Generic Security Service Application Program Interface (GSS-API) Authentication and Key Exchange for the Secure Shell (SSH) Protocol
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From: The IESG <email@example.com> To: IETF-Announce <firstname.lastname@example.org> Cc: Internet Architecture Board <email@example.com>, RFC Editor <firstname.lastname@example.org>, secsh mailing list <email@example.com>, secsh chair <firstname.lastname@example.org> Subject: Protocol Action: 'GSSAPI Authentication and Key Exchange for the Secure Shell Protocol' to Proposed Standard The IESG has approved the following document: - 'GSSAPI Authentication and Key Exchange for the Secure Shell Protocol ' <draft-ietf-secsh-gsskeyex-11.txt> as a Proposed Standard This document is the product of the Secure Shell Working Group. The IESG contact persons are Sam Hartman and Tim Polk. A URL of this Internet-Draft is: http://www.ietf.org/internet-drafts/draft-ietf-secsh-gsskeyex-11.txt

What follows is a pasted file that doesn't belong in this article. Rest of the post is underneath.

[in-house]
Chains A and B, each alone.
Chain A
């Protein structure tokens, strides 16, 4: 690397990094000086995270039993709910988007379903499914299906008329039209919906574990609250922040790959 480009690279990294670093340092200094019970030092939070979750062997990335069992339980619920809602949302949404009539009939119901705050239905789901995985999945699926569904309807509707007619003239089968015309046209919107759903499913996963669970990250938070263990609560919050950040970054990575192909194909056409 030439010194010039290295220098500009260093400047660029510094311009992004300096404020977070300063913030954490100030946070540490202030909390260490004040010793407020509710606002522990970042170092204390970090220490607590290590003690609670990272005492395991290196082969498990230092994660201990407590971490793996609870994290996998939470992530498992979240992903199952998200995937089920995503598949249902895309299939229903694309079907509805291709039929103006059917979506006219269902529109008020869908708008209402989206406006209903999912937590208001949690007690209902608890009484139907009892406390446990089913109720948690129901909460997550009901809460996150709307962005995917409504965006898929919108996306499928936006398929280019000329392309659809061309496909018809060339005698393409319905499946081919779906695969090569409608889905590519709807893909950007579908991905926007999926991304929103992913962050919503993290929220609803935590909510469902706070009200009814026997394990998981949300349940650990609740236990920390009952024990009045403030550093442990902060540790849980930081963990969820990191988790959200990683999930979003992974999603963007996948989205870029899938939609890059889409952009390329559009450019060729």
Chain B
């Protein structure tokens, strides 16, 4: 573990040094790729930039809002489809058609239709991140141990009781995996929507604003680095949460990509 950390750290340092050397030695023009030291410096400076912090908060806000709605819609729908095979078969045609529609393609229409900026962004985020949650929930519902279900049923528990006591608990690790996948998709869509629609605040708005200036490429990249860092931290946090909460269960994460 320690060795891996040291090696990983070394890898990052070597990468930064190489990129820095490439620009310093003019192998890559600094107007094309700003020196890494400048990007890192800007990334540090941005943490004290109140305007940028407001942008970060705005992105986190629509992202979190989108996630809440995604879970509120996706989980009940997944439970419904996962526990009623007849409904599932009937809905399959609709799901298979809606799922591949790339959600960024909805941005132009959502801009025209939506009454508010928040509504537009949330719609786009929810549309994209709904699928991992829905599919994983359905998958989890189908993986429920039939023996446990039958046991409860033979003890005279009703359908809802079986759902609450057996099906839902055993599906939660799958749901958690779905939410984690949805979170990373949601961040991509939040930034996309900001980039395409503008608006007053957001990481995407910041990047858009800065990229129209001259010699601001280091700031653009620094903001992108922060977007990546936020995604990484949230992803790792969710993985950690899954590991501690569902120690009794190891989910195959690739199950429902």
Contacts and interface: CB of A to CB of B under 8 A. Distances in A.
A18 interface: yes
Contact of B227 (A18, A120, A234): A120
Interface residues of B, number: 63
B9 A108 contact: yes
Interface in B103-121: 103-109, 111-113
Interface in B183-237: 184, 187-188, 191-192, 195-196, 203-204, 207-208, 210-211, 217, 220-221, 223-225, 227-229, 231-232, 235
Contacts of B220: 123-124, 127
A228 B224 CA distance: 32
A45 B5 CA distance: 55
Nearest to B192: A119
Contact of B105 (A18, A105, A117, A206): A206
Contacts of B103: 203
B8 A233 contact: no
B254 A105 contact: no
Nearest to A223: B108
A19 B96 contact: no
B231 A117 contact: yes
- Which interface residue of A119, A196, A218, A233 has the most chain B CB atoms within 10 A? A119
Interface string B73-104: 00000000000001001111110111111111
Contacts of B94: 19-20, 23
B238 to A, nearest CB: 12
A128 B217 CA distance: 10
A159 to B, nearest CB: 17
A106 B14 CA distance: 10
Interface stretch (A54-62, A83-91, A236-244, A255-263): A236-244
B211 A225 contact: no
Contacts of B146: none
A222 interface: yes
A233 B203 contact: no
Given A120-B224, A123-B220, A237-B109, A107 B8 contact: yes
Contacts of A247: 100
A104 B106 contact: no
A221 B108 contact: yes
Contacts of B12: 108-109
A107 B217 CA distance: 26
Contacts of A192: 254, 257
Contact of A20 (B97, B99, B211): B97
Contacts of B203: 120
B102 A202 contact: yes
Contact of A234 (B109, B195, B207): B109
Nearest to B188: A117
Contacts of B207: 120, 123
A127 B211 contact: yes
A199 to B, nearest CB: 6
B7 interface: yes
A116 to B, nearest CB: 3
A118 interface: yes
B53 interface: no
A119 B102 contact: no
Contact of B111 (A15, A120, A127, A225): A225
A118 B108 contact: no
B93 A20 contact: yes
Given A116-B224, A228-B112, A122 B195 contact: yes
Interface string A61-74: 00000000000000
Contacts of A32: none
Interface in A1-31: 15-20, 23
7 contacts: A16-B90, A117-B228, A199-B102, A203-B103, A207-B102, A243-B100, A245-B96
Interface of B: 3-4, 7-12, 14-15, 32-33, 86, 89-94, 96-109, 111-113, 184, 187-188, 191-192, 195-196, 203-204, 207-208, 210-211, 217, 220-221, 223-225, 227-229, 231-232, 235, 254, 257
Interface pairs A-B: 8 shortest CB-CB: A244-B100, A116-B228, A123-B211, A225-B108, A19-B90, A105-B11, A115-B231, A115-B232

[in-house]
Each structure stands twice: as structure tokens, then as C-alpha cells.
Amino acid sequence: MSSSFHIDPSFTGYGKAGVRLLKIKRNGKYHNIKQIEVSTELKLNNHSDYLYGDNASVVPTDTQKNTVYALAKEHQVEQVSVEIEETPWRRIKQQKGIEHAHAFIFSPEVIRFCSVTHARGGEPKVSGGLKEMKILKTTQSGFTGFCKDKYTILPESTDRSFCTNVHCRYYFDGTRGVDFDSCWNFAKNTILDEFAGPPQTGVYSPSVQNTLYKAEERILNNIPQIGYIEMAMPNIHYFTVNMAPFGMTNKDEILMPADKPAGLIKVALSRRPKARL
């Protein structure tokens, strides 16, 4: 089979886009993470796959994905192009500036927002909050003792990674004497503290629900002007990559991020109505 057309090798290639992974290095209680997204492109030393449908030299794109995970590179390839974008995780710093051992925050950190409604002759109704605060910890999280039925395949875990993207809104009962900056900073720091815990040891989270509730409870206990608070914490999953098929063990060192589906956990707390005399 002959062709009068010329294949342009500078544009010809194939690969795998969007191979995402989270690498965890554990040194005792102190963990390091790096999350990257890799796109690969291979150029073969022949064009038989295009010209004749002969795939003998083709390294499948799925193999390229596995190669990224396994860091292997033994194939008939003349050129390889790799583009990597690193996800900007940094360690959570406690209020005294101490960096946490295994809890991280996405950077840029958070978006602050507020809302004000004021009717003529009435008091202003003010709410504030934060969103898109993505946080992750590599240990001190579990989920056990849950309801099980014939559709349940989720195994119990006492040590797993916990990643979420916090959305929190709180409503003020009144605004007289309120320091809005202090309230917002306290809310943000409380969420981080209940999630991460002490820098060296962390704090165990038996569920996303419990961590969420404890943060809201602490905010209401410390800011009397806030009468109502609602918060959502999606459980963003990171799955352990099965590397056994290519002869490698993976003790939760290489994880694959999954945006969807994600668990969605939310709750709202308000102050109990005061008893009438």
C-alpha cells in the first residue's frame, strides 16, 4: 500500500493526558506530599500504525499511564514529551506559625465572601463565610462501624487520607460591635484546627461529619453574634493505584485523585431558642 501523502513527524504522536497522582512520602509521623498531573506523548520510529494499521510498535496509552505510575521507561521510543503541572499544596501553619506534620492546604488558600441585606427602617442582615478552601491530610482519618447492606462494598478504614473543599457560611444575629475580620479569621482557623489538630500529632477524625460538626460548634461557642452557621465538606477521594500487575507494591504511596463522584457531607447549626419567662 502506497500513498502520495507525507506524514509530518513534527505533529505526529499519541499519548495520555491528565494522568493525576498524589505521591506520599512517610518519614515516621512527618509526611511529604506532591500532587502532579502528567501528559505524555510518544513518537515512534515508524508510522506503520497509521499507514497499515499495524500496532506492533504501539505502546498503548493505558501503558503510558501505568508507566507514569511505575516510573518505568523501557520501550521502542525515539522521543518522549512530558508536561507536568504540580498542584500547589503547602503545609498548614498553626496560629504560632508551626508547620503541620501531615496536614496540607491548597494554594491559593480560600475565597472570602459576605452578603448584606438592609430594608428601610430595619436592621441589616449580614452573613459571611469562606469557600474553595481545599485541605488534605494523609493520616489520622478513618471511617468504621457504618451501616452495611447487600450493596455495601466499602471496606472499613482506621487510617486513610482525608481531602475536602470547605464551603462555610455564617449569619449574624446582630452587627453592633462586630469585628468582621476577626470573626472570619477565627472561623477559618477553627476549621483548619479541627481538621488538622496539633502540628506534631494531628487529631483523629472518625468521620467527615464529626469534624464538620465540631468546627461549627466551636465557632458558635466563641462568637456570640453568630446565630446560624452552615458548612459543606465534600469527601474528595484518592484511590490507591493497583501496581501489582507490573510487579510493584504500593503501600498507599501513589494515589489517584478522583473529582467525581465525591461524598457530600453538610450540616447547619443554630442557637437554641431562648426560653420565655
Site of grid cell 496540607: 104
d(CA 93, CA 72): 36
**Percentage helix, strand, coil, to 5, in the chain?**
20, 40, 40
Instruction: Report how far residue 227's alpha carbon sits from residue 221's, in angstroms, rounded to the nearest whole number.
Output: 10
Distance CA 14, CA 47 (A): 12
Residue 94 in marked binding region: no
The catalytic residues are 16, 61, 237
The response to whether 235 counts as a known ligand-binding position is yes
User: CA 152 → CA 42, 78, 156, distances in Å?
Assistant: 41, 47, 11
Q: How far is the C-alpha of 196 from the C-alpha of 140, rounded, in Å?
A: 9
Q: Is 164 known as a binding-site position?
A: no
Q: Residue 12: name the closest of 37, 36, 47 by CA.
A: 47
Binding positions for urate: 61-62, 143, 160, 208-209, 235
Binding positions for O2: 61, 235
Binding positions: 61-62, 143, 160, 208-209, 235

Technical Summary This document describes an extension to the Secure Shell protocol allowing the use of GSSAPI security services for authentication and key exchange. It also defines a null hostkey algorithm to allow ssh to be used by systems that do not have a host key. Working Group Summary There was smooth consensus in the working group to publish this as a Proposed Standard Protocol Quality The WG chair is aware of multiple interoperable implementations. This document has been reviewed by Sam Hartman for the IESG. Note to RFC Editor Insert in section 3.2 just before the last paragraph which begins "The client may at any time.": Note that the 'username' value is encoded in ISO-10646 UTF-8. It is up to the server how it interprets the username and determines whether the client is authorized based on his GSSAPI credentials In particular, the encoding used by the system for user names is a matter for the ssh server implementation. However, if the client reads the username in some other encoding (e.g., ISO 8859-1 - ISO Latin1), it MUST convert the username to ISO-10646 UTF-8 before transmitting, and the server MUST convert the username to the encoding used on that system for user names. Any normalization or other preparation of names is done by the ssh server based on the requirements of the system, and is outside the scope of SSH. SSH implementations which maintain private user databases SHOULD prepare user names as described by [RFC4013]. Add to the end of section 7.1: new: Because the GSSAPI mechanism uses the targ_name to authenticate the server's identity, it is important that it be determined in a secure fashion. One common way to do this is to construct the targ_name from the hostname as typed by the user; unfortunately, because some GSSAPI mechanisms do not canonicalize hostnames, it is likely that this technique will fail if the user has not typed a fully-qualified, canonical hostname. Thus, implementors may wish to use other methods, but should take care to insure they are secure. For example, one should not rely on an unprotected DNS record to map a host alias to the primary name of a server, or an IP address to a hostname, since an attacker can modify the mapping and impersonate the server. Implementations of mechanisms conforming to this document MUST NOT use the results of insecure DNS queries to construct the targ_name. Clients MAY make use of a mapping provided by local configuration or use other secure means to determine the targ_name to be used. If a client system is unable to securely determine which targ_name to use, then it SHOULD NOT use this mechanism.